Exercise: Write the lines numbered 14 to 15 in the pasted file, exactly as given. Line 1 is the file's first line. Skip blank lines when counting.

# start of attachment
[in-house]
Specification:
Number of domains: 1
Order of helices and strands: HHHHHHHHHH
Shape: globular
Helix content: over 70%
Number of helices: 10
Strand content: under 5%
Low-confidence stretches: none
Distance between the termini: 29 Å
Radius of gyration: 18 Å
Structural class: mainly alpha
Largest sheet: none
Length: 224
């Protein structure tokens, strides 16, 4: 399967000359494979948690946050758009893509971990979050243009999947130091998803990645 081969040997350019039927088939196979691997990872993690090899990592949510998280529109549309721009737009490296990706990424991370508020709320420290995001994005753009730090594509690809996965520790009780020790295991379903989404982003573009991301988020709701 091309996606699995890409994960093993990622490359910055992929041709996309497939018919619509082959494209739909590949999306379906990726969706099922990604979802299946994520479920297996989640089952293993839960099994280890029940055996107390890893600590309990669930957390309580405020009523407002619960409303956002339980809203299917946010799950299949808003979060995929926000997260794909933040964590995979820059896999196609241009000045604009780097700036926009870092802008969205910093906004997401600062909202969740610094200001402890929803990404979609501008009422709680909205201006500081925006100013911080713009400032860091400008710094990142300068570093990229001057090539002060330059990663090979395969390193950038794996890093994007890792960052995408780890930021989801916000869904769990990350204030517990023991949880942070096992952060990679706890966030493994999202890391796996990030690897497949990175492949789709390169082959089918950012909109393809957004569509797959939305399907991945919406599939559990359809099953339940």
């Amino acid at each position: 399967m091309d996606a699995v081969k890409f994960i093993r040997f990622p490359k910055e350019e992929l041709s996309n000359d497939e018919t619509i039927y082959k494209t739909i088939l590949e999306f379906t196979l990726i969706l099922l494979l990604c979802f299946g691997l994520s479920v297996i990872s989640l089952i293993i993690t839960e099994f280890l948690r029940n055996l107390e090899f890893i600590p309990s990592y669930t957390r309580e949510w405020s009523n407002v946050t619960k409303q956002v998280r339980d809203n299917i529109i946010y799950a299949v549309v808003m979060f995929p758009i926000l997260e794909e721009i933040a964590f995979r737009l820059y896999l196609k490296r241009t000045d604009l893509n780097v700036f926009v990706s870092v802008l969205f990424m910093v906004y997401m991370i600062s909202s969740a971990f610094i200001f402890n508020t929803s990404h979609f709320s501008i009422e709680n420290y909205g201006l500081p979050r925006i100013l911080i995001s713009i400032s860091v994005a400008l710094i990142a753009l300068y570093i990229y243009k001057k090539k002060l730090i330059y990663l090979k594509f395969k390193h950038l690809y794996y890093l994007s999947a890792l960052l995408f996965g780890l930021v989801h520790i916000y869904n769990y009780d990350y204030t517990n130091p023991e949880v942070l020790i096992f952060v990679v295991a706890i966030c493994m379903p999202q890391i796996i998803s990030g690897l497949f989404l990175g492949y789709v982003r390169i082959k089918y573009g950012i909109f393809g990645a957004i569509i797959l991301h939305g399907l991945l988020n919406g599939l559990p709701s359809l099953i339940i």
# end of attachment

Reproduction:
Length: 224
């Protein structure tokens, strides 16, 4: 399967000359494979948690946050758009893509971990979050243009999947130091998803990645 081969040997350019039927088939196979691997990872993690090899990592949510998280529109549309721009737009490296990706990424991370508020709320420290995001994005753009730090594509690809996965520790009780020790295991379903989404982003573009991301988020709701 091309996606699995890409994960093993990622490359910055992929041709996309497939018919619509082959494209739909590949999306379906990726969706099922990604979802299946994520479920297996989640089952293993839960099994280890029940055996107390890893600590309990669930957390309580405020009523407002619960409303956002339980809203299917946010799950299949808003979060995929926000997260794909933040964590995979820059896999196609241009000045604009780097700036926009870092802008969205910093906004997401600062909202969740610094200001402890929803990404979609501008009422709680909205201006500081925006100013911080713009400032860091400008710094990142300068570093990229001057090539002060330059990663090979395969390193950038794996890093994007890792960052995408780890930021989801916000869904769990990350204030517990023991949880942070096992952060990679706890966030493994999202890391796996990030690897497949990175492949789709390169082959089918950012909109393809957004569509797959939305399907991945919406599939559990359809099953339940």